National Commentary

Our Safety Net

Why do the Republican lawmakers want to gut the government social programs that help the elderly, the poor, the sick and the disabled? It will be at their own political peril, I hope.

Why do the Republican lawmakers want to gut the government social programs that help the elderly, the poor, the sick and the disabled? It will be at their own political peril, I hope.

If the Republicans want to solve the $14 trillion deficit problem, they might start by reducing Congressional salaries, perks and pensions. It’s the tax payers who bailed out the banks who were too big to fail – without a quid pro quo of bank loans to small businesses and needy individuals. Since then, the banks have paid big bonuses to their top executives. Why?

The new GOP freshmen who swept the last election, thanks to the support of the Tea Party, seem to think they have a mandate to kill the New Deal programs, which were designed to help the helpless. Remember the Tea Partier’s caveat in warning that they do not want the federal government to mess with their Medicare. Understand?

The GOP got its comeuppance. In a recent election, Kathy Hochul, the Democratic clerk of Erie County, N.Y., defeated Jane Corwin in a district that had been solidly Republican for over 40 years. Hochul hammered on House Budget Committee Chairman Paul Ryan’s proposal to privatize the Medicare program by using vouchers as subsidies. Lawmakers running in the 2012 national elections should take heed against tampering with the Great Society programs to solve the nation’s debt problems.

The Ryan proposal will not affect seniors until 2022, but has instilled fear in those who count on the future safety net programs during their old age. The Ryan plan passed the House, but has been blocked in the Senate. It seems the Republican freshmen in the House have a lot to learn about this country. They assumed their election victory was a mandate to kill the safety net programs.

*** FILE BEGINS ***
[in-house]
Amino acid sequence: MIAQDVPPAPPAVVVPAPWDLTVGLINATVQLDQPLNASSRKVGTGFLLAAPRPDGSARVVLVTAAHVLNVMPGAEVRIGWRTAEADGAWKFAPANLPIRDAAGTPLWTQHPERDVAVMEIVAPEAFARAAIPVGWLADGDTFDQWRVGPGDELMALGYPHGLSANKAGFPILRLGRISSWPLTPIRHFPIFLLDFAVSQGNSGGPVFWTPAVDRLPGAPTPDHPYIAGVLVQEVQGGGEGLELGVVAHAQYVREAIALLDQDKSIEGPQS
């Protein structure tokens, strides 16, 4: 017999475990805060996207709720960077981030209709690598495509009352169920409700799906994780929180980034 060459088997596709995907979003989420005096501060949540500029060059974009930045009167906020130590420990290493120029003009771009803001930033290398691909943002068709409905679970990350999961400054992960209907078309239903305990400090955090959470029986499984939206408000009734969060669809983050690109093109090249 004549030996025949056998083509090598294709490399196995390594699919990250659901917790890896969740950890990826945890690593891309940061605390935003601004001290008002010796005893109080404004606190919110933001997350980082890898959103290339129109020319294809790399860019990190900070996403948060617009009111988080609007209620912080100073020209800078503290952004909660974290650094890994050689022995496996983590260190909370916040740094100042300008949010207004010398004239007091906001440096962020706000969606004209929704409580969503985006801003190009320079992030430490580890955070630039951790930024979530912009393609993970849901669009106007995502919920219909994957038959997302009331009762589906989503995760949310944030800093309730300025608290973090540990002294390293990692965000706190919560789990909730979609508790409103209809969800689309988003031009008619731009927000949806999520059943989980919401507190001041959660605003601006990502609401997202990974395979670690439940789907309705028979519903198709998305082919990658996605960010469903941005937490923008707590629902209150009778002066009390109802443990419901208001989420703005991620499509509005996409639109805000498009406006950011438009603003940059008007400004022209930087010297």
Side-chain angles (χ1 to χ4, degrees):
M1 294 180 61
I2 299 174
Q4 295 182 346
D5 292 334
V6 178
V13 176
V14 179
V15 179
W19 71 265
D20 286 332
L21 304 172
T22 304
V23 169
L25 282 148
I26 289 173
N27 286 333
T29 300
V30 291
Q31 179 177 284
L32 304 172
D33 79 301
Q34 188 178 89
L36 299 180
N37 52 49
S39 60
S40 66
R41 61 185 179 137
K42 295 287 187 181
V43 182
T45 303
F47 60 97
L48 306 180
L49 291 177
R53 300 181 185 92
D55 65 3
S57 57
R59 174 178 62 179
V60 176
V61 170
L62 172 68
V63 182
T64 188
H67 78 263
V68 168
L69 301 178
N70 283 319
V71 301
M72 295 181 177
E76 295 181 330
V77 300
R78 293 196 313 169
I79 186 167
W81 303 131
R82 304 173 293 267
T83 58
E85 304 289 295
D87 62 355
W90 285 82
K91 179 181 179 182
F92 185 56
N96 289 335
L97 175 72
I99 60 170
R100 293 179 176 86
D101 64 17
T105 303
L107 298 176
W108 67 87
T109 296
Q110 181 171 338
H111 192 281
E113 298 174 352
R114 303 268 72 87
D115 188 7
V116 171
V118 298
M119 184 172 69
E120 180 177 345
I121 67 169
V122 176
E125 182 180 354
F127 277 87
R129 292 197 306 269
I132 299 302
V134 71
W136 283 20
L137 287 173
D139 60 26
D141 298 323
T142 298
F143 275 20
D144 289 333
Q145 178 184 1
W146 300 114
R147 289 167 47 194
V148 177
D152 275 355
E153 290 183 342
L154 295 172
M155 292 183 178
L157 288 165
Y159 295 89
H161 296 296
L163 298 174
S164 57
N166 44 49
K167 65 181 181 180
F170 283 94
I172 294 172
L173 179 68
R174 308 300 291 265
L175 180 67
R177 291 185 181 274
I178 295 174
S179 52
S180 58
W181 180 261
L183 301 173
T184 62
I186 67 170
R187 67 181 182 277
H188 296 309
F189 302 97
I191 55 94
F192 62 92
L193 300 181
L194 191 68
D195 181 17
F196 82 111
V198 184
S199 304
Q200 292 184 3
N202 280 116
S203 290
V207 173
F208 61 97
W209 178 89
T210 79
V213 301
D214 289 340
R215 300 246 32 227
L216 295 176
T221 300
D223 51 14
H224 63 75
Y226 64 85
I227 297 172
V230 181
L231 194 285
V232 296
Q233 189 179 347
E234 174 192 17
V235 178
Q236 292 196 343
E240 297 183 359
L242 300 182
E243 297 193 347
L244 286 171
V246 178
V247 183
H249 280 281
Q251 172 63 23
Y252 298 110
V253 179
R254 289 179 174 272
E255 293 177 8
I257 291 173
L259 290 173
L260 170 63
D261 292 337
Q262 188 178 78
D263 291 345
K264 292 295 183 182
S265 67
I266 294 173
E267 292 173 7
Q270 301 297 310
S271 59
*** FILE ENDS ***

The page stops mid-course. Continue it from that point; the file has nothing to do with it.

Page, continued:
The GOP failed to destroy Social Security during the last Bush administration, which proposed to privatize the program, enacted during the Great Depression, a time of much suffering in the nation. President Franklin D. Roosevelt became aware of the plight of the elderly during those depression years and was moved to do something to assist older Americans.

There are now 47 million Americans most of whom depend on that monthly check to pay for their food and shelter. Since it was enacted in 1935, Social Security has been expanded to include orphans and the disabled.

Medicare was signed into law by Lyndon B. Johnson in 1965, in Independence, Missouri, at the desk of President Harry S. Truman. Truman was the first to propose national medical coverage for all Americans. He stood by smiling when Johnson signed the Medicare bill into law, a dream come true.

The Republican leaders in Congress have vowed to vote against any increase in taxes to solve the nation’s fiscal dilemma. Without any new revenue, they are also standing firm against wiping out the generous tax breaks. In other words, the burden of the nation’s debt has to be carried on those who can least afford it.

Suddenly, the lawmakers are coming to the conclusion that our wars – unwinnable – in Iraq and Afghanistan, cost money. For the first time lawmakers are starting to question the cost expenditures for the 10 year Afghanistan war and the eight years in Iraq. Especially in the wake of Osama bin Laden’s death, how can we justify spending $113 billion when we are literally going bankrupt? President Barack Obama has promised to begin some pull out of the troops. The human cost has already been too much for both wars. But at last we are publicly addressing the financial cost.

Ironically, most of the nations of the world, including the western industrialized countries and the underdeveloped, have humanitarian systems for their needy people. Why not America, now in the throes of a very slow recovery from the recession, with millions still jobless and no breakthrough in sight?

President Obama must start creating programs to put millions of people back to work. The economy is expected to be the primary issue in the 2012 election. Are we our brother’s keeper? Or are we the providers for the welfare of the nation’s bankers and insurance companies? That’s the question voters will have to decide.